After several years of consistently exploring around the Pacific Northwest, I’d like to think I’m aware of most of the major local sights or at least know where to turn for new ideas (hello Instagram!) but sometimes things just manage to pass under the radar. For whatever reasons that’s exactly what happened with the Guler Ice Caves, an incredible place that I completely missed.
In fact, it wasn’t until I was flipping through a Washington State tourism brochure that I even heard of the caves but as you can imagine, once I knew, I had to start driving!
Warning: Entering a cave obviously comes with dangers, especially a frozen one! Be sure to bring proper layers for the cold, good shoes / traction for walking on ice, a strong headlamp and a helmet with you.
Getting to the ice caves
Located just a few minutes outside the town of Trout Lake (Google Map directions), the caves can easily be reached by heading up towards the South Side of Mount Adams on Road 141 (yes, you can combine this with a climbing trip) and continuing west through town (there’s a ranger station, a few stores, restaurants and a gas station in town as well FYI.)
The road changes names to NF-24 as you enter the National Forest land though you won’t make a single turn until the dirt road for the ice caves turn off appears on your left (spur 031.) This is a well marked area that you can’t miss and the road is as of this post in great shape.
When you see the sign post for the caves about a half mile in you have arrived. There’s a large picnic area with a few day use sites including tables, BBQ pits and a couple restrooms that the dirt road loops around to as well. I’m sure the place can be quite popular in summer but on a weekday afternoon I had it all to myself!
Exploring the wonders of the main cave
The main entrance for the cave is located just a couple yards from the parking area (right ahead.) As you can imagine, an ice filled cave poses all sorts of risks from rocky and slippery footing to the very real risk of having ice or rock come down from above (hello helmet!) While this entrance is incredibly accessible, I strongly suggest heeding the warning sign and I certainly urge you to minimize your impact to the cave and especially to the ice so others can enjoy it as well.
From the mouth of the cave you’ll descend about 20 steps to get inside (seriously, it’s that accessible) but even just looking in from above is pretty incredible. Walking down the stairs is like entering another world as the temps go down to near if not below freezing in just a few steps (for me it was nearly 80 on the surface!) Having a jacket, a shell to block any dripping water, gloves and good shoes will make for a much more comfortable visit.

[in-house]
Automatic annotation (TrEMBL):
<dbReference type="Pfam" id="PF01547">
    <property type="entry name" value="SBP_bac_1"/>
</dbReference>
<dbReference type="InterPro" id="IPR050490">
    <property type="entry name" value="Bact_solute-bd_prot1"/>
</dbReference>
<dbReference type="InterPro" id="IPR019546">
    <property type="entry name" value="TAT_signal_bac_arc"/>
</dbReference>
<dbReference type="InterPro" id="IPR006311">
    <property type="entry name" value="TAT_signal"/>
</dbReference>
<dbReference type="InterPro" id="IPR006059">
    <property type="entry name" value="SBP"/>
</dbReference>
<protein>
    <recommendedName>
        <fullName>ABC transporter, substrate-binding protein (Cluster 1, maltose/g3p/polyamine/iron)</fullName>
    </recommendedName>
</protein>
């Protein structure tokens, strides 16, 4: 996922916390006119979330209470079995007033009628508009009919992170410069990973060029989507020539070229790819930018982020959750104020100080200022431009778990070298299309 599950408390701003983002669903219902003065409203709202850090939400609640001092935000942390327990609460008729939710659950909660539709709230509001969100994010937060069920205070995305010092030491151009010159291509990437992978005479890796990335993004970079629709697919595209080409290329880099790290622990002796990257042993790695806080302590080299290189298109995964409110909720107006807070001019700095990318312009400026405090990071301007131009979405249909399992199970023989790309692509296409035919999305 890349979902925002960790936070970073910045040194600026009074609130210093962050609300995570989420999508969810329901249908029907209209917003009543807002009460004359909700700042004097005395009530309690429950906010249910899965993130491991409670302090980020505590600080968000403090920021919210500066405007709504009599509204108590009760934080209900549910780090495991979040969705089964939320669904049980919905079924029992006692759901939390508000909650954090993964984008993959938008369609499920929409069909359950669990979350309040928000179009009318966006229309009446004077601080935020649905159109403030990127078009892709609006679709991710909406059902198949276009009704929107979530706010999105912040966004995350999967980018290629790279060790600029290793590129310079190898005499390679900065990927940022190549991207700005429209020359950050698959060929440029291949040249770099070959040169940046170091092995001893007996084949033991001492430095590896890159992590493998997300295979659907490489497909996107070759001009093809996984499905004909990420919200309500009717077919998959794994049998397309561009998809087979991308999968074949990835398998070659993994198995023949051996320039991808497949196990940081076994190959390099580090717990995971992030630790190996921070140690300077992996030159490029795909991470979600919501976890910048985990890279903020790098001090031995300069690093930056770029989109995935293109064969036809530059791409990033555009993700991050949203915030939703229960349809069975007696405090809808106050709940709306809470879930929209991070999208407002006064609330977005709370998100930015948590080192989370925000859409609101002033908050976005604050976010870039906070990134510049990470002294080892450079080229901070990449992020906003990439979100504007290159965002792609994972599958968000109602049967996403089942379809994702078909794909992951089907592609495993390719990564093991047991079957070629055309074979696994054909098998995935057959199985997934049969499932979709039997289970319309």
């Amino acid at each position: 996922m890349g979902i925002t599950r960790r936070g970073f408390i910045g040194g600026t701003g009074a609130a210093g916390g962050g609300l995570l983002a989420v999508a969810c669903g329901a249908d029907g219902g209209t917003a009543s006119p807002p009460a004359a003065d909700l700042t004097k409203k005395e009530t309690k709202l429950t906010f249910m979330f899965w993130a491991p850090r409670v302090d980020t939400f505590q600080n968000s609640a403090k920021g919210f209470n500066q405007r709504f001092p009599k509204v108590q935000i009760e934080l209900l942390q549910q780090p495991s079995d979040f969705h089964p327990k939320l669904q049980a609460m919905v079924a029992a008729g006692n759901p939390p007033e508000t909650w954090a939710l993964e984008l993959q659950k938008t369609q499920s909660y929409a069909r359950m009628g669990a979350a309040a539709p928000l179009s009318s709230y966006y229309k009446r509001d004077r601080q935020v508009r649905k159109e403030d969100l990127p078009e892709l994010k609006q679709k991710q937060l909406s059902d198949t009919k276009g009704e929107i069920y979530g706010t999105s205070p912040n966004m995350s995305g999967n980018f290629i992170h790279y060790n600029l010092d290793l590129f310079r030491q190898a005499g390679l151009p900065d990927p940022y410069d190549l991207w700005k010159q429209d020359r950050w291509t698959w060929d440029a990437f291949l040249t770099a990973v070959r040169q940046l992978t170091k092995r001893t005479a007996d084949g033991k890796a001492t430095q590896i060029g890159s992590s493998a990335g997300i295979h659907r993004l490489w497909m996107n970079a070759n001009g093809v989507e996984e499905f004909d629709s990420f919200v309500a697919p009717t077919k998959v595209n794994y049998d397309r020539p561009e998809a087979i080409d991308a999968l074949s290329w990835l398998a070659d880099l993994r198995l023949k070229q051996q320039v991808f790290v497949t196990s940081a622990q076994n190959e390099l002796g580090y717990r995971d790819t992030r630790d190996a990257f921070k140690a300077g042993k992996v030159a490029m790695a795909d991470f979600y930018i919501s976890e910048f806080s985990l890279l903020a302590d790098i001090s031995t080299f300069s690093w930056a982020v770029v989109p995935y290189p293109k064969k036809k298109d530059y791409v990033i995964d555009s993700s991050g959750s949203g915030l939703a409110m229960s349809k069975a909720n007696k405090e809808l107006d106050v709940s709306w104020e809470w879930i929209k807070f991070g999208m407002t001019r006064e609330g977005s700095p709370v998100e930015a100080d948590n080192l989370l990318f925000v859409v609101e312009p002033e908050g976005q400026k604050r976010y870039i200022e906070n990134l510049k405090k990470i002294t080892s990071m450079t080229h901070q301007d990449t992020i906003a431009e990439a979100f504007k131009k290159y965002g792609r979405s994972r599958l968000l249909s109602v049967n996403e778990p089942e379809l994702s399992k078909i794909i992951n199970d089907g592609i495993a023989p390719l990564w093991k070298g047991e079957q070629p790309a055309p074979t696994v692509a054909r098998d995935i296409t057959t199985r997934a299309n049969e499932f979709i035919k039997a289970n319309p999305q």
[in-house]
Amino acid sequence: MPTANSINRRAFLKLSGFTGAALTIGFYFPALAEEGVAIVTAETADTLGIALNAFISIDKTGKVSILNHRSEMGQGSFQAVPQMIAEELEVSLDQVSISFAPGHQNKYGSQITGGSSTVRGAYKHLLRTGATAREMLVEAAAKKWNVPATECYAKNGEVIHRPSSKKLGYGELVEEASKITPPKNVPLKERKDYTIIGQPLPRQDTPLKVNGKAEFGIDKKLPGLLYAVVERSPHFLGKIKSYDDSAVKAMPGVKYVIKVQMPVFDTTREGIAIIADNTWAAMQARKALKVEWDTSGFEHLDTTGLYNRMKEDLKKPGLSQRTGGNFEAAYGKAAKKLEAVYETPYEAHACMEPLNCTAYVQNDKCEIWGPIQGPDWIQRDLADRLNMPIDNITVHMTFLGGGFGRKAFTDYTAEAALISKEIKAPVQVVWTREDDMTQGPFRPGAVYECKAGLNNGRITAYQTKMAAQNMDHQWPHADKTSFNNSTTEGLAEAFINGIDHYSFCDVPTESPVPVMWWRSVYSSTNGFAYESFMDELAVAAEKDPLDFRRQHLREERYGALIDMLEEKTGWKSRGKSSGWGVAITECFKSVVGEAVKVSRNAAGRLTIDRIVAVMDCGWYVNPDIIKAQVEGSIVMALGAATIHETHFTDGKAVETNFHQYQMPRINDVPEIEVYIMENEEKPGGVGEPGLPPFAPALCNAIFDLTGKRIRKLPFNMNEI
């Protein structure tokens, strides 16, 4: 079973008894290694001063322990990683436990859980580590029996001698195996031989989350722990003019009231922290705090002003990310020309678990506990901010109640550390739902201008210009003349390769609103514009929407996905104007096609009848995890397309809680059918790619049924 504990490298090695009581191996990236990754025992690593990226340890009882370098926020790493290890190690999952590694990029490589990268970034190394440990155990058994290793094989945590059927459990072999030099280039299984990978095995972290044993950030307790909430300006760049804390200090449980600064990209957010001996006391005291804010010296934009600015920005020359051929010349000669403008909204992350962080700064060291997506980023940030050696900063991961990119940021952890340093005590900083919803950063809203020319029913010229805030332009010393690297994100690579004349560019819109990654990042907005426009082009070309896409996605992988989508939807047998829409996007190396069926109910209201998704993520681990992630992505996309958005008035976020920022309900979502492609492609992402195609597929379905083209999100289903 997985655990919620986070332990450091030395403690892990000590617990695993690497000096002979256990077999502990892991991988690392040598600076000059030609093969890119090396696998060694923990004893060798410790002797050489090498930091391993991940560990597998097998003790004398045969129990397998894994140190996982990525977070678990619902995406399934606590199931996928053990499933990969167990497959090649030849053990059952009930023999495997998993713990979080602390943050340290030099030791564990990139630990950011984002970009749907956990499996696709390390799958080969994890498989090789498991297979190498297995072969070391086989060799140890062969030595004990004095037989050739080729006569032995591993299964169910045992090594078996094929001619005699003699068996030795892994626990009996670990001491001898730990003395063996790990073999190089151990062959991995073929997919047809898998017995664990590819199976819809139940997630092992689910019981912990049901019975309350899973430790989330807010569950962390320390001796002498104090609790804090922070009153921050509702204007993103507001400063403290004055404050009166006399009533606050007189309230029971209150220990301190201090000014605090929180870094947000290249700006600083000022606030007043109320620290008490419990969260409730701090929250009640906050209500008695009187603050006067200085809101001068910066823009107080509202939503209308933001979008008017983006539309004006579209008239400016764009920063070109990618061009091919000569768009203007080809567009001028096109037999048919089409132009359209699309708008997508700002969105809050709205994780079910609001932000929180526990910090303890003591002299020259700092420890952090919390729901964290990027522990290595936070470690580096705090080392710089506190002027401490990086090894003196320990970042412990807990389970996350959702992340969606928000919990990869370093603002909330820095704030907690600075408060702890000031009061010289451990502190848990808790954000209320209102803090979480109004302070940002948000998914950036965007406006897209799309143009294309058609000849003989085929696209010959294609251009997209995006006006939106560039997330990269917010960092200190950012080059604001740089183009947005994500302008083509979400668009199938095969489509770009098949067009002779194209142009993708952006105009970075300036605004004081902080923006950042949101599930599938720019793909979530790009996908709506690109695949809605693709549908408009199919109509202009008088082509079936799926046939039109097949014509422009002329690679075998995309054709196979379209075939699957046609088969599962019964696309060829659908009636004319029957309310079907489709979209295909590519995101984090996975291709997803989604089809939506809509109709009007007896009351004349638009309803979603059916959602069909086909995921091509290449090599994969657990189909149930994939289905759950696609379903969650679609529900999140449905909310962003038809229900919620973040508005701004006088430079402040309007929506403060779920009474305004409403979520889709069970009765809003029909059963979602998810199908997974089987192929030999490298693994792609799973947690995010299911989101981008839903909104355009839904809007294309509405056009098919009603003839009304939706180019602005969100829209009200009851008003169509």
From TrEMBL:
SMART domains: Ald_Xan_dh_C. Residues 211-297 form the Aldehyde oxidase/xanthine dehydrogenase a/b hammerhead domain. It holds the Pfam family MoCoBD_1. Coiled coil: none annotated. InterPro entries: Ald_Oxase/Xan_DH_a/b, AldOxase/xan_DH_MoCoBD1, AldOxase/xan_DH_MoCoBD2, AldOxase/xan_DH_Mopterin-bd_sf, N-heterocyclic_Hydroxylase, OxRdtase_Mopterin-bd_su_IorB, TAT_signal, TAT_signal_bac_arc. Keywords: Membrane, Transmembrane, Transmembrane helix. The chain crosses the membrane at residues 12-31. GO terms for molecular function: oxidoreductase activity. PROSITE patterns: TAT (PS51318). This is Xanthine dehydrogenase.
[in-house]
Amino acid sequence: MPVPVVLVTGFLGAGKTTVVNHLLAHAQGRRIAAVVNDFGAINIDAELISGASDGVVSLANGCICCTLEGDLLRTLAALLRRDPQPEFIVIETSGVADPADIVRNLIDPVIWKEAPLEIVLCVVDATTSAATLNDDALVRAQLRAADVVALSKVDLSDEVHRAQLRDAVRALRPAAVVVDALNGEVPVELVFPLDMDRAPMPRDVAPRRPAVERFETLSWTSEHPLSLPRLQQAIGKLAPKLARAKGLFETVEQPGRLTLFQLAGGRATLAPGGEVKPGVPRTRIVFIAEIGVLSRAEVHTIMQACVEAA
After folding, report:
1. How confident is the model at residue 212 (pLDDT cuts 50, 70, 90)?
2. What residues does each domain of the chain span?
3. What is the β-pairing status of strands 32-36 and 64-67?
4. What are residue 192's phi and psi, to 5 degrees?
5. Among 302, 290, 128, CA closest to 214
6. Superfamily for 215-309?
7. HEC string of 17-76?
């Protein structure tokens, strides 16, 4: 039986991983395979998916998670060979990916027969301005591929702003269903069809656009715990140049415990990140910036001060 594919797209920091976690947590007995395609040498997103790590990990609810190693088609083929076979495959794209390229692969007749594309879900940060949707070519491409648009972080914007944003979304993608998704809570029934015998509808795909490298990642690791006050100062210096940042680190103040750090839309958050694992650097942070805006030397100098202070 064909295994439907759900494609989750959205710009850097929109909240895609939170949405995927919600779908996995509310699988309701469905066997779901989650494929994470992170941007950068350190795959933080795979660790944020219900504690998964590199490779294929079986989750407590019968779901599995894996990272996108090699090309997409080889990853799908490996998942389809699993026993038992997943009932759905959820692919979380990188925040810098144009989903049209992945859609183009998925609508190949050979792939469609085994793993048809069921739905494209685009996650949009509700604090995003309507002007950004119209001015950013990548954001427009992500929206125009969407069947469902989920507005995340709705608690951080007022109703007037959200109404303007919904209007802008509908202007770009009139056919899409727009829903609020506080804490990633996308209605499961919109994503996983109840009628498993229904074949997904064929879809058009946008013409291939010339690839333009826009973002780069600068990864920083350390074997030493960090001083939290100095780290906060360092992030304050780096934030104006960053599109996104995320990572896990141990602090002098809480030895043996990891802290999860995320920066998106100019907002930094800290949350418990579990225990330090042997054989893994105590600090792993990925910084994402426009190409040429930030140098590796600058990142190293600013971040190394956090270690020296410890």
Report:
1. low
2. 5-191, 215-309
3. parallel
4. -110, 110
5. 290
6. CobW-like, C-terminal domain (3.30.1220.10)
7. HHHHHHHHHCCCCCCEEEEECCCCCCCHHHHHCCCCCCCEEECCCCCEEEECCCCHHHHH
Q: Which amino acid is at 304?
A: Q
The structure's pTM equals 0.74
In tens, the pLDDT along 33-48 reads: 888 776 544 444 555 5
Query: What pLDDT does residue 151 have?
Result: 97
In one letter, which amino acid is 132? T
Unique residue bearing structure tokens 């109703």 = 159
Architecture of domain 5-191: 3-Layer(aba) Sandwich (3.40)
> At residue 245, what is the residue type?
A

Showing up in June may have been later than ideal (colder temps in winter or early Spring mean more ice of course) but even still, I found the bottom of the stairs surrounded by a thick blanket of snow with slick ice just below it and photos suggest the entire staircase may be covered up earlier in the year. I dawned microspikes before continuing on though obviously suggest you try to stick to ice and avoid impacting any rock if you do so.
As you step into the cave the view is really something else
On my visit ice formations covered just about every corner, getting more and more impressive as I peered back further into the this ~250′ deep room. The floor was often coated in thick sheets of ice with large bulges growing up while the ceiling had numerous formations dripping down and several columns spanned all the way from top to bottom!
Having a headlamp is an obvious necessity for any cave but the way it brings the ice to life (try using your red / green night mode on the formations as well) is something else.
In the middle of this part of the cave was presumably the coldest part which allowed for the growth of a whole cluster of formations that I must have spent half an hour gawking at and trying to snap shots of. Truthfully no photo I could take really captured the view and certainly no image tells the “feeling” of the ice being all around.
There was plenty more ice to see even further back in this section of the cave and plenty more to explore though with so much ice growth from 2017’s incredible winter, it was easy to just keep looking around the same area over and over to take in all the details. Of course as the photos show, there is also plenty of evidence of chucks of ice crashing down from above so every step in and out was just as much about watching surroundings as taking in the view!
Entering the other parts of the cave
My first visit was admittedly short being a last minute decision and all and far from complete. Per the trailhead sign, there are four sections to the cave with several different levels of entrances ranging from the stairs to tight squeezes and I only have photos to share of the first with you here. As such, I’ve listed out an extensive collection of guides & reviews that are well worth reading before making your own trip though I’m sure I will be back very soon and with updates to share!
- https://www.oregonhikers.org/field_guide/Guler_Ice_Cave_Hike (details on getting to the other parts of the cave)
- https://www.hikespeak.com/trails/guler-ice-cave-hike-washington/ (even more details on the other entrances)
- http://www.hawkinwinter.com/guler-ice-caves/ (details on the caves, gear and photography)
Quick facts about the trail
- Official Rating: Easy (with serious risks)
- Start point: Guler Ice Caves Picnic Area
- Distance: Just a few dozen yards
- Duration: 1 hour
- Climb: Under 50′
- Crowds: Light to Heavy
- Recommended time: Winter & Spring (additional hike in may be required)
- Facilities: Vault toilet, picnic tables, BBQ pits
- Water: At the Trout Lake Ranger Station
- Parking: Dirt lot, many side road spots as well
- Fees: Recreation Pass in peak season, Sno-park in winter
- Permits: None for day hikers